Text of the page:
Assessment of Student Learning
Assessment of student learning is the systematic process through which faculty members articulate desired learning goals for their students, measure students' progress toward meeting those goals, and use this information to improve their own courses, programs, and institutions.
In this process, faculty members ask:
- What do we expect our students to learn?
- How do we know whether they've learned it or not?
- On the basis of the information from this assessment, what improvements in courses, programs, and the institution can we make to reach our goals for student learning?
Assessment is an important part of the re-accreditation process as well as a tool for the improvement of teaching. It enables the university to concretely demonstrate its effectiveness in meeting its educational goals.
While the language of assessment—terms such as "measure," "outcomes," and "accountability"—is somewhat foreign to academia, the central concepts are not. Faculty usually have learning goals in mind for students in their courses. Learning goals are implicit in faculty conversations about a program's curriculum, but they are not always explicit in course development, are not always critically evaluated, and are not always made clear to students. A systematic process of assessing student learning offers a more transparent method for thinking about the goals of a course, a program, and a university.
Our challenge is to engage in assessment in ways that teach us more of what we need to know as educators—that is, to actively use assessment as a pedagogical tool. The Provost's Office will support academic programs and departments to develop ways of assessing student learning that are responsive to the specific qualities and needs required for their particular disciplinary and professional domains.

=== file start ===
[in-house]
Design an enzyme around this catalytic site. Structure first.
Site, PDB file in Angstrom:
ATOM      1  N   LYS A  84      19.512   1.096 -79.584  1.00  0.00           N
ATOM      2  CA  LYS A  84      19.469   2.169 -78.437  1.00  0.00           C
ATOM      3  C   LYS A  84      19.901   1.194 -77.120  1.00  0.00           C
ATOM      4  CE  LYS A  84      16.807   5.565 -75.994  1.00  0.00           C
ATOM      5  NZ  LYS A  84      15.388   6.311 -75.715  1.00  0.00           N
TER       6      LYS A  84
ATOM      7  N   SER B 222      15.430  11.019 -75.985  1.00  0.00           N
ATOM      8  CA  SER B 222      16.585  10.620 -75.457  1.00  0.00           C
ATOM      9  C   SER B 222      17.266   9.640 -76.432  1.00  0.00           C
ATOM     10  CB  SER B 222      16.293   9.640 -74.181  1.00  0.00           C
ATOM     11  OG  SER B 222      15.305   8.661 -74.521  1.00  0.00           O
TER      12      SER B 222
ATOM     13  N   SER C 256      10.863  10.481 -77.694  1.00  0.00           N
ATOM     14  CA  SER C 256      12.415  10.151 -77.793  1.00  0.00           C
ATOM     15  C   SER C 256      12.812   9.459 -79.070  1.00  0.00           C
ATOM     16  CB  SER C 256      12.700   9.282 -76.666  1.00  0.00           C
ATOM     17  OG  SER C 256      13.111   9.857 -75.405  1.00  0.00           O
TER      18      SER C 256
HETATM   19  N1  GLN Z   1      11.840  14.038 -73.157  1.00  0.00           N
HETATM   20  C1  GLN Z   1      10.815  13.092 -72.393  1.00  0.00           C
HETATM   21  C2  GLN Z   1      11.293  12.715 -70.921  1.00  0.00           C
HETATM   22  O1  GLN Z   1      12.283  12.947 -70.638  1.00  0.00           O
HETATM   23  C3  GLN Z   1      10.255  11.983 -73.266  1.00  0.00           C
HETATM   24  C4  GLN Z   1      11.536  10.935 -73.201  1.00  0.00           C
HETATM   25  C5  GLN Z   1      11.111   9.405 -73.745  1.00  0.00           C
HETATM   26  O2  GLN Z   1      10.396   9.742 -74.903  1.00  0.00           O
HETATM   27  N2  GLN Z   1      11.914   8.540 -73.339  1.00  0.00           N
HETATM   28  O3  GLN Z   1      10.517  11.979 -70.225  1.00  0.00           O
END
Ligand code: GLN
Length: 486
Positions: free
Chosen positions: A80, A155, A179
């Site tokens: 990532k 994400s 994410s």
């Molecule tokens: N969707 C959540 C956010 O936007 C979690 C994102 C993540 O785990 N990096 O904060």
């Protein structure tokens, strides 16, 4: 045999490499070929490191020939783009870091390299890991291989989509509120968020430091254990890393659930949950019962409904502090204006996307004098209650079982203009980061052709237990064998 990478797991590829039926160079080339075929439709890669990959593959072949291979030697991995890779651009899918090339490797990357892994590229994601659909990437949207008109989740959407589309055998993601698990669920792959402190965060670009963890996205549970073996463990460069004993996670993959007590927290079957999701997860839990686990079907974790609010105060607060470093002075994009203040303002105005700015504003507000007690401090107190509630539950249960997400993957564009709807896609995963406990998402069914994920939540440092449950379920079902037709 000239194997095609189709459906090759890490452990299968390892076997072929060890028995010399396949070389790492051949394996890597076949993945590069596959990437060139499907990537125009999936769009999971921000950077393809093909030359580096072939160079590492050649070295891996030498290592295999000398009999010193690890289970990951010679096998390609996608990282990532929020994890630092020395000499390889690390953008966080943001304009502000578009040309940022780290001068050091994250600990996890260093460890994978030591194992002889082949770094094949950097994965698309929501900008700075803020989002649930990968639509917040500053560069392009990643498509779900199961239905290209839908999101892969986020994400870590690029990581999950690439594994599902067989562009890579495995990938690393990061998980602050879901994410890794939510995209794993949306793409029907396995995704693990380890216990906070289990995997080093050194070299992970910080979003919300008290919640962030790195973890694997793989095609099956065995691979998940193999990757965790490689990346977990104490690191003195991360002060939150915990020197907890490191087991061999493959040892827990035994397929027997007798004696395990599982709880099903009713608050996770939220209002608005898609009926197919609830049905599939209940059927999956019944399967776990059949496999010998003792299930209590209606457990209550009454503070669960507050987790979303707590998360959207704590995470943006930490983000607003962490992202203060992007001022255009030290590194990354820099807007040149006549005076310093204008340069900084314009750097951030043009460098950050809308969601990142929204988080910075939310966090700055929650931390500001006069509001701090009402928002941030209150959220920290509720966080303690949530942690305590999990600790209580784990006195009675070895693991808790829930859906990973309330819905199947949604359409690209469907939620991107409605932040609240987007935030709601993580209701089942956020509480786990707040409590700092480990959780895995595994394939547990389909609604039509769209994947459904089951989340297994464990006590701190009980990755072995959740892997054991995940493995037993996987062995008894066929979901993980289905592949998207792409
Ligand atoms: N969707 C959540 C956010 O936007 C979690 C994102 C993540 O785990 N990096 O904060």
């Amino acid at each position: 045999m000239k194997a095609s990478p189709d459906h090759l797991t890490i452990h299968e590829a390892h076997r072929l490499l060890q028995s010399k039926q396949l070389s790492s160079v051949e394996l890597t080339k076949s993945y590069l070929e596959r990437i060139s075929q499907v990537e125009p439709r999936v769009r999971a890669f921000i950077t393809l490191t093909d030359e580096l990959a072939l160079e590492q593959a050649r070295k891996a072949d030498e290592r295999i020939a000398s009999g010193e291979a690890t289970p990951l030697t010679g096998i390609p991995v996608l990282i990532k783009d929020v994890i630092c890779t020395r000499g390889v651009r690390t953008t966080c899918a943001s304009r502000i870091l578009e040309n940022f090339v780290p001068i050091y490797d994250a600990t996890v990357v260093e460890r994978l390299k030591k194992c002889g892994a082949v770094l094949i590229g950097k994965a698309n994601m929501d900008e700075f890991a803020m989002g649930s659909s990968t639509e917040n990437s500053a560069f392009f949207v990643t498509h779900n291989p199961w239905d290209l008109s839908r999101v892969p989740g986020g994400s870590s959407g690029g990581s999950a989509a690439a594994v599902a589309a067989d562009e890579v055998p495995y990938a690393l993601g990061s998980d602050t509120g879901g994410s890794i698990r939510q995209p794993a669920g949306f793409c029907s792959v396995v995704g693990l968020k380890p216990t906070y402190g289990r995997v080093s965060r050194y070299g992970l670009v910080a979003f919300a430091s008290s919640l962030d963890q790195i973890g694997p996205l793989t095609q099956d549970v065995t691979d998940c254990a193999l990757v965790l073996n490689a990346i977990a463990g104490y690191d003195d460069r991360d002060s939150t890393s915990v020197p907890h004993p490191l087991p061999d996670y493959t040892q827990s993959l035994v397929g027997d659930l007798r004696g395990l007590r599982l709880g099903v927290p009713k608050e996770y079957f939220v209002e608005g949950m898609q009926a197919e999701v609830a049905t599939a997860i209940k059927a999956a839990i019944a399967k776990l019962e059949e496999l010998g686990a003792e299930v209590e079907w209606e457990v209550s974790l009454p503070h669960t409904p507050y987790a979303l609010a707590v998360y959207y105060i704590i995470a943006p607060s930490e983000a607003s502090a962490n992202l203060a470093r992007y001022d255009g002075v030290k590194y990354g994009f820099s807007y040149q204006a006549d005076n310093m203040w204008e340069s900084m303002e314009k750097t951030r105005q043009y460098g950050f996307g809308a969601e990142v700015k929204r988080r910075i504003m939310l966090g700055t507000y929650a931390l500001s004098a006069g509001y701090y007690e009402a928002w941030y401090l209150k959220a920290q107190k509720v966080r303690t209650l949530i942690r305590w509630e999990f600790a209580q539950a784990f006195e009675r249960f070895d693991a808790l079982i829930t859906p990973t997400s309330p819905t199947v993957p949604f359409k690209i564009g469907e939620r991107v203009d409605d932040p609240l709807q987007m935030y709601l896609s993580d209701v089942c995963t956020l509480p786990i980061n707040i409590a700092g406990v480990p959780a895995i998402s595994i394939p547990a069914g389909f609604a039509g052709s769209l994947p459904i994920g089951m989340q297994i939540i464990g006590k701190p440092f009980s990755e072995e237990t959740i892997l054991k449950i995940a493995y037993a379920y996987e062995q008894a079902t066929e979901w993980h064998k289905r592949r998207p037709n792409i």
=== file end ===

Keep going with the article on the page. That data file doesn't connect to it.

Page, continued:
The Assessment of Student Learning Committee advises the Provost's Office on the direction, overall character, and quality of student learning assessment. The committee has developed the following guidelines:
Guiding Principles for Assessing Student Learning at The New School
We are committed to quality teaching and learning and their continual re-examination. Assessment is a tool for faculty to determine how to improve and reshape student learning.
• Program assessment is directed by faculty with the intention of improving teaching and learning and is a formalization of work in which faculty already engage.
• Assessment is not intended and will not be used to evaluate individual faculty.
• Program assessment is intended to assess the students' larger learning experiences across the curriculum and co-curricular activities.
• Assessment will vary across programs and should be designed to be ongoing and sustainable to support continuous improvement of student learning.
Assessments help to answer such questions as:
• Do our programs help student realize their personal, work, and life goals?
• On graduation, are they well prepared for the lives they will pursue?
Programs are recognized for conducting meaningful assessments and reforming their curricula in response to what they learn.